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In Act 4, Danforth asks Hale if he has been preaching over in Andover in the past month because it is rumored there is rebellion in Andover, and Hale has just mentioned rebellion occuring in Salem. Hale replies that Andover has no need of him.
Hale has come back to the Salem prison to advise the condemned to 'confess' to witchcraft even though he knows they are not guilty. He is trying to save their lives. He feels responsible for their deaths, and is struggling to get them to confess so at least they will live. Hale knows at this point that the witchcraft trials have been a farce.
Reverend Hale had been to Andover and witnessed the dissatisfaction of the court by the people who found the accusations of the "witches" there unfounded and unjust. Reverend Hale has seen the errors of his ways. He now believes that saving the lives of the condemned is more important than anything, even if one must lie to save one's life.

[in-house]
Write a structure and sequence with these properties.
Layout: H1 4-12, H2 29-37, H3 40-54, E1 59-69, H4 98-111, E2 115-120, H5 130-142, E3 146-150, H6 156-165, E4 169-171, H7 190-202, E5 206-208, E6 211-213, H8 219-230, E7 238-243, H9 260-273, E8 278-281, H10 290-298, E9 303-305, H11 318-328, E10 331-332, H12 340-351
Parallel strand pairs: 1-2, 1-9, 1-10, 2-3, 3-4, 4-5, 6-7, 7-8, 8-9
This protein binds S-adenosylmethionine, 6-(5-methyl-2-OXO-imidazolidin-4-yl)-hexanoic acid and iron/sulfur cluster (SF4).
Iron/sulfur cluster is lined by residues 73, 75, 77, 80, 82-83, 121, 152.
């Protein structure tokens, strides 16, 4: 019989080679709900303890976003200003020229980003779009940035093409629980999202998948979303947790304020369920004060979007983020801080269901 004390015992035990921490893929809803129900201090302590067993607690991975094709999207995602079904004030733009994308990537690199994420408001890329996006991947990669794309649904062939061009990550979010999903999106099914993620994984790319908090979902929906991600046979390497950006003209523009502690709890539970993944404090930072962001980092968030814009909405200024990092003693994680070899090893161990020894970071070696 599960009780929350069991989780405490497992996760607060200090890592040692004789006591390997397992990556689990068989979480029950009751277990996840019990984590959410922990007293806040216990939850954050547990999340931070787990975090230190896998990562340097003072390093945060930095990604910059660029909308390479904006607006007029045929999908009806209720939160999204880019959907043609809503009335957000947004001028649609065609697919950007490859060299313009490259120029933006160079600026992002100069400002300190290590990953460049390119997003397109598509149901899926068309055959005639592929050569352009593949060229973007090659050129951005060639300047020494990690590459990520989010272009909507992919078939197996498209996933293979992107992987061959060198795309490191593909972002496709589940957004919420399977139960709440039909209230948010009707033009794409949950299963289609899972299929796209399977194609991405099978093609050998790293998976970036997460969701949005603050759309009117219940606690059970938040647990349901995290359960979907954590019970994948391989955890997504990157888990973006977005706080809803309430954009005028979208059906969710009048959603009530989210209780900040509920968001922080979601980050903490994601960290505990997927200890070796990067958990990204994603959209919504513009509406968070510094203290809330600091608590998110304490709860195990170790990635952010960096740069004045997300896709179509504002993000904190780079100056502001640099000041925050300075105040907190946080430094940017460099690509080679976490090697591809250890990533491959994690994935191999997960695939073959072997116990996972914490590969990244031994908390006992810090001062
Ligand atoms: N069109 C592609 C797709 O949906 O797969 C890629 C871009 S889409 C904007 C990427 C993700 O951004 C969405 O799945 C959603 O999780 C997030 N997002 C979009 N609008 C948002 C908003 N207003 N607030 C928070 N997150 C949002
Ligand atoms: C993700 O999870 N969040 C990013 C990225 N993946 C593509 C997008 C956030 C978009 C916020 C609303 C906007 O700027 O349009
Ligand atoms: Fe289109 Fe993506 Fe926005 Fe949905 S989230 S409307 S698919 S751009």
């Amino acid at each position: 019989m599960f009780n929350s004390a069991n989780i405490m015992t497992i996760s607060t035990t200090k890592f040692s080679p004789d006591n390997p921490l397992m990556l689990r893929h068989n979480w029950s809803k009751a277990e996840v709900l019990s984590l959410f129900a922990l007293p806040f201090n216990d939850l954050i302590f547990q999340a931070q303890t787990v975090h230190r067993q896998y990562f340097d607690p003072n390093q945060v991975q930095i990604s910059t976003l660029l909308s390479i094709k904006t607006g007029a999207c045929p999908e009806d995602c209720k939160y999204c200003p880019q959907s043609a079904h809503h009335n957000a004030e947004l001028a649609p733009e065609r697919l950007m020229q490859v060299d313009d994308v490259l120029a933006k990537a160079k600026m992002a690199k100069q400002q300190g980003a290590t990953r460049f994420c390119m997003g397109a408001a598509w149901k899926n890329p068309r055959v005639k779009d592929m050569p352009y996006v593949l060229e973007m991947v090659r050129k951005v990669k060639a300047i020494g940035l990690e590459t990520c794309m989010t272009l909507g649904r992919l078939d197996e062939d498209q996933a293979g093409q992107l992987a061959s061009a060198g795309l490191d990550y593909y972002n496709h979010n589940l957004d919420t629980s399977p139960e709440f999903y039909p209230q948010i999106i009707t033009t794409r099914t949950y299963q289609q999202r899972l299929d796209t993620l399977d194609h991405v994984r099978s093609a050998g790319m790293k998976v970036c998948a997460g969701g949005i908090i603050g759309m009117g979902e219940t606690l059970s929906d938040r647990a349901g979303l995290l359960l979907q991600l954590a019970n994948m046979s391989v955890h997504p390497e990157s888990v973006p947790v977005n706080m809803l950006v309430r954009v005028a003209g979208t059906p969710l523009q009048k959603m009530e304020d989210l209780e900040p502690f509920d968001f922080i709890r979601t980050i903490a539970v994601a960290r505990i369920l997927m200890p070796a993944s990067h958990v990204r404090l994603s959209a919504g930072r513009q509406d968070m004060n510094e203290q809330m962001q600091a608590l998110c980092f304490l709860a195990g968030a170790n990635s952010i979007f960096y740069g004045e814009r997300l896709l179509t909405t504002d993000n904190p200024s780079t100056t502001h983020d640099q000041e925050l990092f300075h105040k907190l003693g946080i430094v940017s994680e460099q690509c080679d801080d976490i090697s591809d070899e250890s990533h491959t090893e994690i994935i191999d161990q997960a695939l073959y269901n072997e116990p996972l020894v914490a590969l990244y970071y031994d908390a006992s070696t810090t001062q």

In Act IV, Scene 2, he says sarcastically to Danforth, (who asks, "Why have you returned here?"), "Why it is simple. I have come to do the Devil's work. I come to counsel Christians they belie themselves. (His sarcasm collapses.) There is blood on my head! Can you not see the blood on my head?"
Later, Hale says to Elizabeth: "Goody Proctor, I have gone this three months like the Lord into the wilderness. I have sought a Christian way, for damnation's doubled on a minister to counsel men to lie."
Hale advises Elizabeth, in light of his new position: "Beware, Goody Proctor -- cleave to no faith when faith brings blood. It is mistaken law that leads you to sacrifice... let him give his lie. Quail not before God's judgment in this, for it may well be God damns a liar less than he that throws his life away."
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